NORTH AUGUSTA, S.C. (WJBF)- A new billboard on I-20 east bound near Augusta is encouraging people to celebrate an “Atheist Christmas.”
NewsChannel 6 reached out to the group behind the billboard, American Atheists, a non-profit based in New Jersey.
They say they have two main goals. The first is to advocate for the separation of church and government.
“The second thing that we try to do is make sure…that it becomes easier for Atheists to be open and honest about what they believe and don’t believe here in the United States,” said Nick Fish, national program director at American Atheists.
One way they try to do that is with billboards. This holiday, they’ve launched six throughout the country.
“This is about going into places where Atheists aren’t often heard,” Fish said. “Where people in Colorado Springs, in South Carolina, in Louisiana, the places where we put up these billboards…they may think that they don’t know any atheists, but they’re wrong.”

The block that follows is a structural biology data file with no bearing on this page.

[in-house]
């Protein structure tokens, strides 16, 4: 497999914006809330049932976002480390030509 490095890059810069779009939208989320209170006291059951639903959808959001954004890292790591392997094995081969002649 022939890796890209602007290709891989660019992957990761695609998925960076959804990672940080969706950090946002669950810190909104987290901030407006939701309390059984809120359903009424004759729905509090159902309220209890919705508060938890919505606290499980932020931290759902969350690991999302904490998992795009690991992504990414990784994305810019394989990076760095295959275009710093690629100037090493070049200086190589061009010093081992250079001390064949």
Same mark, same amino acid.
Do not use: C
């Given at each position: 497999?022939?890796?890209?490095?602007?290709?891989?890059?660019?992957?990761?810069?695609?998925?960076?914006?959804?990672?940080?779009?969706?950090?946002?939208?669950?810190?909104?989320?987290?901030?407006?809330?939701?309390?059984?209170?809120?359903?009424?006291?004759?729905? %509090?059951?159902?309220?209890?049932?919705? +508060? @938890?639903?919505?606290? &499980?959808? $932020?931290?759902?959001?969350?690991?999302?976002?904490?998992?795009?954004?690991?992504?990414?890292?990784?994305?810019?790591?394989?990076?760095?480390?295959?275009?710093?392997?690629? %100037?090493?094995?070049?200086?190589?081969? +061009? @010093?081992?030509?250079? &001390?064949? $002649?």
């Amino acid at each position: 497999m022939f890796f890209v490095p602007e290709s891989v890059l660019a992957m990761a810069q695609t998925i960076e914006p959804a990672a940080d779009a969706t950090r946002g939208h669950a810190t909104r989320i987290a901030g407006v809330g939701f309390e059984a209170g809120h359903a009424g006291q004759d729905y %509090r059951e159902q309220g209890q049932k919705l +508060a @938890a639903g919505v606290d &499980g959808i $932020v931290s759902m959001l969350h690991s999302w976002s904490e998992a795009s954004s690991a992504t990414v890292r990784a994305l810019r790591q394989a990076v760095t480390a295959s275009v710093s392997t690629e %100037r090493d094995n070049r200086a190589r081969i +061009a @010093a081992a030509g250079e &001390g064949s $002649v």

Data from Pew Research shows that about a fourth of millennial, the country’s largest generation, identify as “non-religious.”
Augusta youth minister Ranie Neislar says she’s noticed the trend.
“I’d say that there is a lot of stigma around Christianity,” she said. “I’ve witnessed people have been put-off by the church because of a lot of hate and a lot of discontent that’s been spewed by both sides.”
Fish says Atheism is stigmatized.
The Pew Research center asked Americans to rate religious groups on how they felt about them, with the most negative being zero and the most positive at 100.
U.S. adults gave atheists an average rating around 41, one point above Muslims. Evangelical Christians received a 61.
“Anytime people face discrimination, or face stigma with their religion or with their sexual orientation or any number of parts of who they are, it’s really important that those of us who are in a position to pave the way to some extent to be outspoken about who we are,” Fish said.
Fish suggests doing that by taking the Christ out of Christmas.
“Christianity and religion do not have a monopoly on being a good person or on decorating a tree,” he said.”
Fish also says the billboards are designed to start a conversation